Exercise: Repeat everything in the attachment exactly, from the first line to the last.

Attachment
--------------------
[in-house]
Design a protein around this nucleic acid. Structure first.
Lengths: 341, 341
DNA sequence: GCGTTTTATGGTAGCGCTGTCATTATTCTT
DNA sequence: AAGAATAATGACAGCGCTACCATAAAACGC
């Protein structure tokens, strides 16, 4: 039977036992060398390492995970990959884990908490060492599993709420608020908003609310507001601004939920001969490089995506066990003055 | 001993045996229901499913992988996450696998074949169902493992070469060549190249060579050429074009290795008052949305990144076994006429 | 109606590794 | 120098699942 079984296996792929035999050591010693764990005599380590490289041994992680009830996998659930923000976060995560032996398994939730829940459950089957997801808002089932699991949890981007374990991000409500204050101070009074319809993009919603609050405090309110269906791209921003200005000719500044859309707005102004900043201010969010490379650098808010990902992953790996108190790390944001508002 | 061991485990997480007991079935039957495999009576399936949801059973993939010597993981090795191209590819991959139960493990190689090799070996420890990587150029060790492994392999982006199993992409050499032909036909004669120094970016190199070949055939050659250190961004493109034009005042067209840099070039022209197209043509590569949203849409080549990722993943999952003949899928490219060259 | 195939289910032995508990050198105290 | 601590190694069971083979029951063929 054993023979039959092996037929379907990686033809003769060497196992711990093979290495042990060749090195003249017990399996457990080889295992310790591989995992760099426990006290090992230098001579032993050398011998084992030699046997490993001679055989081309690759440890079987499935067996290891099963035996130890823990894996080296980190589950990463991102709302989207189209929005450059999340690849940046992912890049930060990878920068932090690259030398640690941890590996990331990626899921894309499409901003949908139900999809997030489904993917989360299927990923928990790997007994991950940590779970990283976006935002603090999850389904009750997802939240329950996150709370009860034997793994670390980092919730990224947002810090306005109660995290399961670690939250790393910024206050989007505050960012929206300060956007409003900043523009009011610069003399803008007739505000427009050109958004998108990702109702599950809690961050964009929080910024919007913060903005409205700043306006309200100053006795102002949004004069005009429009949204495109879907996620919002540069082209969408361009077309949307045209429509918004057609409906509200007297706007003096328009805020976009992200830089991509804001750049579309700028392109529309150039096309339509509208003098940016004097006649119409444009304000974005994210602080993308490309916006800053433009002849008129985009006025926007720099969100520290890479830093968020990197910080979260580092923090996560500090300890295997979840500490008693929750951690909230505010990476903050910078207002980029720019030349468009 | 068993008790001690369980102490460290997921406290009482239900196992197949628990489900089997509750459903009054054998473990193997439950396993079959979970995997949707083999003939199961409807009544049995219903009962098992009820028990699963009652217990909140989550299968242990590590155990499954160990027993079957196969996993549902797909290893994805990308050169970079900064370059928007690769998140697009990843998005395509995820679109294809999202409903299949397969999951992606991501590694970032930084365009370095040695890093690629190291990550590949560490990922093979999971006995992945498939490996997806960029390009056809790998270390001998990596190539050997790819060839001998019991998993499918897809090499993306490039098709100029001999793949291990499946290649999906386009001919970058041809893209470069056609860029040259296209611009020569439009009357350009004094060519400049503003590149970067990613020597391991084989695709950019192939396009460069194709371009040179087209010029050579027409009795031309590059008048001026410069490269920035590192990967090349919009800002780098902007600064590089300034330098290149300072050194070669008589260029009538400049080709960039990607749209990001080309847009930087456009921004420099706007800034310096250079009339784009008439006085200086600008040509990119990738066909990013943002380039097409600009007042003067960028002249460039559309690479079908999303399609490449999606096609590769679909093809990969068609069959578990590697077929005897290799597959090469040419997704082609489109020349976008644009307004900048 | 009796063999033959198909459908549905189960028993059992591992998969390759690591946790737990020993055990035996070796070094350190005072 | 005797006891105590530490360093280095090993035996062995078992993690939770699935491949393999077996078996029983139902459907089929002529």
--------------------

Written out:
[in-house]
Design a protein around this nucleic acid. Structure first.
Lengths: 341, 341
DNA sequence: GCGTTTTATGGTAGCGCTGTCATTATTCTT
DNA sequence: AAGAATAATGACAGCGCTACCATAAAACGC
């Protein structure tokens, strides 16, 4: 039977036992060398390492995970990959884990908490060492599993709420608020908003609310507001601004939920001969490089995506066990003055 | 001993045996229901499913992988996450696998074949169902493992070469060549190249060579050429074009290795008052949305990144076994006429 | 109606590794 | 120098699942 079984296996792929035999050591010693764990005599380590490289041994992680009830996998659930923000976060995560032996398994939730829940459950089957997801808002089932699991949890981007374990991000409500204050101070009074319809993009919603609050405090309110269906791209921003200005000719500044859309707005102004900043201010969010490379650098808010990902992953790996108190790390944001508002 | 061991485990997480007991079935039957495999009576399936949801059973993939010597993981090795191209590819991959139960493990190689090799070996420890990587150029060790492994392999982006199993992409050499032909036909004669120094970016190199070949055939050659250190961004493109034009005042067209840099070039022209197209043509590569949203849409080549990722993943999952003949899928490219060259 | 195939289910032995508990050198105290 | 601590190694069971083979029951063929 054993023979039959092996037929379907990686033809003769060497196992711990093979290495042990060749090195003249017990399996457990080889295992310790591989995992760099426990006290090992230098001579032993050398011998084992030699046997490993001679055989081309690759440890079987499935067996290891099963035996130890823990894996080296980190589950990463991102709302989207189209929005450059999340690849940046992912890049930060990878920068932090690259030398640690941890590996990331990626899921894309499409901003949908139900999809997030489904993917989360299927990923928990790997007994991950940590779970990283976006935002603090999850389904009750997802939240329950996150709370009860034997793994670390980092919730990224947002810090306005109660995290399961670690939250790393910024206050989007505050960012929206300060956007409003900043523009009011610069003399803008007739505000427009050109958004998108990702109702599950809690961050964009929080910024919007913060903005409205700043306006309200100053006795102002949004004069005009429009949204495109879907996620919002540069082209969408361009077309949307045209429509918004057609409906509200007297706007003096328009805020976009992200830089991509804001750049579309700028392109529309150039096309339509509208003098940016004097006649119409444009304000974005994210602080993308490309916006800053433009002849008129985009006025926007720099969100520290890479830093968020990197910080979260580092923090996560500090300890295997979840500490008693929750951690909230505010990476903050910078207002980029720019030349468009 | 068993008790001690369980102490460290997921406290009482239900196992197949628990489900089997509750459903009054054998473990193997439950396993079959979970995997949707083999003939199961409807009544049995219903009962098992009820028990699963009652217990909140989550299968242990590590155990499954160990027993079957196969996993549902797909290893994805990308050169970079900064370059928007690769998140697009990843998005395509995820679109294809999202409903299949397969999951992606991501590694970032930084365009370095040695890093690629190291990550590949560490990922093979999971006995992945498939490996997806960029390009056809790998270390001998990596190539050997790819060839001998019991998993499918897809090499993306490039098709100029001999793949291990499946290649999906386009001919970058041809893209470069056609860029040259296209611009020569439009009357350009004094060519400049503003590149970067990613020597391991084989695709950019192939396009460069194709371009040179087209010029050579027409009795031309590059008048001026410069490269920035590192990967090349919009800002780098902007600064590089300034330098290149300072050194070669008589260029009538400049080709960039990607749209990001080309847009930087456009921004420099706007800034310096250079009339784009008439006085200086600008040509990119990738066909990013943002380039097409600009007042003067960028002249460039559309690479079908999303399609490449999606096609590769679909093809990969068609069959578990590697077929005897290799597959090469040419997704082609489109020349976008644009307004900048 | 009796063999033959198909459908549905189960028993059992591992998969390759690591946790737990020993055990035996070796070094350190005072 | 005797006891105590530490360093280095090993035996062995078992993690939770699935491949393999077996078996029983139902459907089929002529």